As the time of Moshiach nears, we see a change in the way nations see themselves, and it is more in line with the Torah. Instead of the old way of thinking, "we are strong, let us conquer the weak," the new trend is for nations to gather and protect the weak from evil regimes, and to put their money and manpower into humanitarian efforts. It has become so common, that we don't even remember the old way, and to most of us, the mere thought of it is abhorrent.  In this day and age, most of the military is used for helping people around the world. This is reminiscent of Yeshayahu's prophecy about the time of Moshiach, that "They will beat their swords into plowshares." And this is an indication that the coming of Moshiach is near. 

The time of Moshiach is hinted to in parshas Mishpatim, and the order of the parshas surrounding it. 

In the parsha Hashem says, "to bring you to the place that I designated." Rashi explains, that this means "that My place is already recognizable opposite it. This is one of the verses that state that the heavenly Temple is directly opposite the earthly Temple." And the heavenly Temple is what will come down as the Third Temple when Moshiach comes. 

Parshas Mishpatim follows the laws of the altar in parshas Yisro. And as mentioned above, "Why is the parsha of laws next to the parsha of the altar? To teach you that the Sanhedrin should be next to the Temple." And it precedes parshas Teruma, which has the verse,"You shall make for Me a sanctuary," which is the commandment to build the Temple. Both of these laws reach their ultimate perfection with the coming of Moshiach, when the Sanhedrin will be at the highest level of Torah knowledge and will be next to the third and everlasting Temple.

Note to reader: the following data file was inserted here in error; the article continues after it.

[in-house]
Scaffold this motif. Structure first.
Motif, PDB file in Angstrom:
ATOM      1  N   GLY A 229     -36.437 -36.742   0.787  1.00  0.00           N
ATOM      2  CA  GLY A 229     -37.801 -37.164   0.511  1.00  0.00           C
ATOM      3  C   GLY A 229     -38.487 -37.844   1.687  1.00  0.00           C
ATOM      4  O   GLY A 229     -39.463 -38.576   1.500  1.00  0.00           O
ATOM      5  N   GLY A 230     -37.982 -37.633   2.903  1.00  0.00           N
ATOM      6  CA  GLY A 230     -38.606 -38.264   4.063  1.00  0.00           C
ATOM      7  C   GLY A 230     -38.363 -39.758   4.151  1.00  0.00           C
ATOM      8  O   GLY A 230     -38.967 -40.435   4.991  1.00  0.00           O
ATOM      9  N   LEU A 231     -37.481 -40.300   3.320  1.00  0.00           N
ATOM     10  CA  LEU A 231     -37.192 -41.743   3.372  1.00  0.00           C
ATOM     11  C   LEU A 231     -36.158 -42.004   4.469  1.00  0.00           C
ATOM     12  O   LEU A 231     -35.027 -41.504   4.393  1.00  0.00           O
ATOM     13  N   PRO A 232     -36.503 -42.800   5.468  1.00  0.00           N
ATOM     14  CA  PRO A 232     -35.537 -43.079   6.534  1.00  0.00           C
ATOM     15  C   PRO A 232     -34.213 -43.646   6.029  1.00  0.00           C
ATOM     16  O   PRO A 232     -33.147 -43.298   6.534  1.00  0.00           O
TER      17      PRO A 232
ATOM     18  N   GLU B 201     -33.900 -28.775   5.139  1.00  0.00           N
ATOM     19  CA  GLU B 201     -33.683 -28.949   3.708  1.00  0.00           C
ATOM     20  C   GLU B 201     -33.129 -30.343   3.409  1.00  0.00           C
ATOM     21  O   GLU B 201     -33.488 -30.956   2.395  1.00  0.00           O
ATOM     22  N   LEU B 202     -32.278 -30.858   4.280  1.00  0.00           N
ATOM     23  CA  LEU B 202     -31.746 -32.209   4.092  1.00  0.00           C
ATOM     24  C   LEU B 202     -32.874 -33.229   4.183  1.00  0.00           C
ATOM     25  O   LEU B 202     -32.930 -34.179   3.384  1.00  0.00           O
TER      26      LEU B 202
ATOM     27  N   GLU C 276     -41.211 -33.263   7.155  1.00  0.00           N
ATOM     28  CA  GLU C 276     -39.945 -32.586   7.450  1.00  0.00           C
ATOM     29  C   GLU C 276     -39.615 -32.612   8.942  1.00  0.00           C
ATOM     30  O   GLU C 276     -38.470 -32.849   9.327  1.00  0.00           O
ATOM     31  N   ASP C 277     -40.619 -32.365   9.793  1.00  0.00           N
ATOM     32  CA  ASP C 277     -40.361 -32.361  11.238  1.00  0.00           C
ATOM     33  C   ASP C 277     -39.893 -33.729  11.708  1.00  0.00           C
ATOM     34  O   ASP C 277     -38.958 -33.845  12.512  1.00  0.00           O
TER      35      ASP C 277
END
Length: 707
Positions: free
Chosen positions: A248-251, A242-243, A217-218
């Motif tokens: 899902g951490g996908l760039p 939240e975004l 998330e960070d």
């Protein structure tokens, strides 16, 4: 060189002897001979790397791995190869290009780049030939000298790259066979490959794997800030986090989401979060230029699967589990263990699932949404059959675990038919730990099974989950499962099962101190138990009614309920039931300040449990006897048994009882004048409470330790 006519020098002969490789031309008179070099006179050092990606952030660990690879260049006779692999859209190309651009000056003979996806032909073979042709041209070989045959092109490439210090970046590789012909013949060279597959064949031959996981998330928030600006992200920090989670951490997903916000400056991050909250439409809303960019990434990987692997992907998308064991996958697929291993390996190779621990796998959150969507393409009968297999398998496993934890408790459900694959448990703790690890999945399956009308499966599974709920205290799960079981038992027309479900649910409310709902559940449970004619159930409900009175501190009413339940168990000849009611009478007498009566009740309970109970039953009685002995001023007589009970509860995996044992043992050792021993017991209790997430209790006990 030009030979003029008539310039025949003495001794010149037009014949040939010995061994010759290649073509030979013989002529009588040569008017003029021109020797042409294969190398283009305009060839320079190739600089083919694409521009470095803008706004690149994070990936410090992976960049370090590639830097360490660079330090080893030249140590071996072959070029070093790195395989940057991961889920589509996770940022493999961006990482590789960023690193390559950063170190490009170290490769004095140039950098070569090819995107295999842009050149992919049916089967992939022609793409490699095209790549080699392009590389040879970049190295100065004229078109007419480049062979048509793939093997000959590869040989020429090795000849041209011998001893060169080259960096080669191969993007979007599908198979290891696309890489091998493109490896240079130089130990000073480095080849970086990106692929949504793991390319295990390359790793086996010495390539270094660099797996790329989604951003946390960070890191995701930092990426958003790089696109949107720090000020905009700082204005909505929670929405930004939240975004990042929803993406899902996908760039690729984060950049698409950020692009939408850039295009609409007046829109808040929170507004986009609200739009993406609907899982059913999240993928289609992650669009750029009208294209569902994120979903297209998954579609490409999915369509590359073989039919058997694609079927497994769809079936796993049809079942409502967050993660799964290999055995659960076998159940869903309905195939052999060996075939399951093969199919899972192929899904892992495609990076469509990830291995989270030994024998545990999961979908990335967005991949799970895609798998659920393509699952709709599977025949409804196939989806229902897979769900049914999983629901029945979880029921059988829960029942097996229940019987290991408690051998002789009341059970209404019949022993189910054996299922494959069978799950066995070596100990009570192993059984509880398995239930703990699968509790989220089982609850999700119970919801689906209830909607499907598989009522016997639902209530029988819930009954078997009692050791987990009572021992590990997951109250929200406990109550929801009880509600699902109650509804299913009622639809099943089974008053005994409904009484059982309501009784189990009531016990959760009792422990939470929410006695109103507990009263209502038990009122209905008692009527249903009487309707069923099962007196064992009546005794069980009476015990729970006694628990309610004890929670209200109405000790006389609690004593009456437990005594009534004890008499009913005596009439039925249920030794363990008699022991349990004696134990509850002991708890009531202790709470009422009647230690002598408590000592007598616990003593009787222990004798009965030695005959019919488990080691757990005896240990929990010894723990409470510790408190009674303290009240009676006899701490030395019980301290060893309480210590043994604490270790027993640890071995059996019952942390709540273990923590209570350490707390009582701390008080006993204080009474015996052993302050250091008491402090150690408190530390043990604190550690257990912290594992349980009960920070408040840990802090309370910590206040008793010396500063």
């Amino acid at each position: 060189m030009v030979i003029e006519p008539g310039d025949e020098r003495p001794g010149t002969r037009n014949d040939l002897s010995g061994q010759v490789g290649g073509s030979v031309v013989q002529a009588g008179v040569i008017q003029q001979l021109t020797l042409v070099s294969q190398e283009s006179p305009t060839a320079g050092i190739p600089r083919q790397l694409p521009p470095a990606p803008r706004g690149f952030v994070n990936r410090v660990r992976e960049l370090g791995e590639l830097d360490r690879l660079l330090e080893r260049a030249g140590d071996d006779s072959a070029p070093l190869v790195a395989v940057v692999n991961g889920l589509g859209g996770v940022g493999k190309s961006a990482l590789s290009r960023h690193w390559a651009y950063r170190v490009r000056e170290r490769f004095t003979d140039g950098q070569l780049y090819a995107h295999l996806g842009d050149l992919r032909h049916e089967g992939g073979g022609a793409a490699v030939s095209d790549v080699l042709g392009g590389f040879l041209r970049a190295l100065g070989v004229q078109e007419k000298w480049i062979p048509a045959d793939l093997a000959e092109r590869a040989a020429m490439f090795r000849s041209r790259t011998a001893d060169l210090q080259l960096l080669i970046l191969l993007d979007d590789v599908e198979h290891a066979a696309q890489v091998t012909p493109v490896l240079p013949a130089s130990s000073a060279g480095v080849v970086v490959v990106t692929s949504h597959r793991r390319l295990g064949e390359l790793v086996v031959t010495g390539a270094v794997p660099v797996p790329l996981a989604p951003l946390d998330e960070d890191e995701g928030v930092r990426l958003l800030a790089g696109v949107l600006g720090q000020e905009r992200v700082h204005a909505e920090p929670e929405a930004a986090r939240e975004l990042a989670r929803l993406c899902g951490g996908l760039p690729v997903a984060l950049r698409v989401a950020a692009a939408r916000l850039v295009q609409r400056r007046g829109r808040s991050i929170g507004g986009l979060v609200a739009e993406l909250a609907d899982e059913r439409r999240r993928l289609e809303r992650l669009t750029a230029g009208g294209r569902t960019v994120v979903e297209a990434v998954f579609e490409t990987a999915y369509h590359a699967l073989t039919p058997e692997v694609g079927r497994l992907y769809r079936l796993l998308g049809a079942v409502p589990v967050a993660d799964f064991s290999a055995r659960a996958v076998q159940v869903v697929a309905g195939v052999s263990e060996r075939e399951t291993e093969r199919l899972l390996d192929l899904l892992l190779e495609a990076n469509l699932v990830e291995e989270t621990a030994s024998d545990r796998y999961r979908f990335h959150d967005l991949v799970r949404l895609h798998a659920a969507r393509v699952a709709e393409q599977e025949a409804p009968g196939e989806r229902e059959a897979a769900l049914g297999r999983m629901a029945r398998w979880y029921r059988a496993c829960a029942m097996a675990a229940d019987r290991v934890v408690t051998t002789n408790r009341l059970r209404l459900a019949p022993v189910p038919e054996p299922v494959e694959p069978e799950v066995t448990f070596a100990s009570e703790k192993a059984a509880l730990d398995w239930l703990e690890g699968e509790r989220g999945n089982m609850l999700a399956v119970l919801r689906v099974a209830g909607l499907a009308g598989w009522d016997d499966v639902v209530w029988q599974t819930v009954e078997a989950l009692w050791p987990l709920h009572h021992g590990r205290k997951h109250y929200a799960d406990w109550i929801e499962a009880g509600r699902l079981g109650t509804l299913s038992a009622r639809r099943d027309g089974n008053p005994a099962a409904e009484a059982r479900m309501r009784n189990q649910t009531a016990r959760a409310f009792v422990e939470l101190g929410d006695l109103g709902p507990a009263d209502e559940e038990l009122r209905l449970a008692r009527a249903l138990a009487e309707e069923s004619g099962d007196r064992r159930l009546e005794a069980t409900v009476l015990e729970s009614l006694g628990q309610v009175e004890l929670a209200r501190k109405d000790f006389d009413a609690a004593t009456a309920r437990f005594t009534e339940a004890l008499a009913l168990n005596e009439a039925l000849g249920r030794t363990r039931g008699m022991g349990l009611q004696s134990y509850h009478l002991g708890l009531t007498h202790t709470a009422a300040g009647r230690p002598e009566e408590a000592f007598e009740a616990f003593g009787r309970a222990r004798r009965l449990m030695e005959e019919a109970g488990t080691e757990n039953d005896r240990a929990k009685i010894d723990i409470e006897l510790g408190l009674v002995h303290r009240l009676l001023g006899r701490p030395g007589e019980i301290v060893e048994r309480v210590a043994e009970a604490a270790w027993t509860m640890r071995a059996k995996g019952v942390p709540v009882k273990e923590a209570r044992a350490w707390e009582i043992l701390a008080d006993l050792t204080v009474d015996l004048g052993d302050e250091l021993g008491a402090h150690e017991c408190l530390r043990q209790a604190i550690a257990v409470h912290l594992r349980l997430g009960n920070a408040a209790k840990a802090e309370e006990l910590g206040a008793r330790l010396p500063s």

Sandwiched between them is the parsha of Mishpatim, symbolic of Hashem's knowledge being understood by the people. Meaning that the idea of the redemption also becomes a reality in the minds of the people of the world. And this becomes clearer and clearer as the redemption nears. 

May we merit to see all these signs become clearer and clearer as the redemption becomes a reality, with the coming of Moshiach. May he come soon, the time has come. 
Dedicated to my wife Dina and to the Shluchos of the Rebbe, who are gathered in New York for the International Conference of Chabad Shluchos, and work so hard to bring Moshiach. 

1 comment:

  1. WOW! I love all your dvar Torahs. In every single one of your dvar Torahs I learn something new or I learn a new way of looking at something. The lessons in all your dvar Torahs are truly inspring. I never learned the Rashi discussing why the parsha starts off with "And..". Thank you sooooooo much for teaching me and many others the perfect and gorgeous Torah.
    May the infinite Master of the World Give you and all cholei yirael complete refua shelema. May the redemption become our reality speedily with the coming of Moshiach.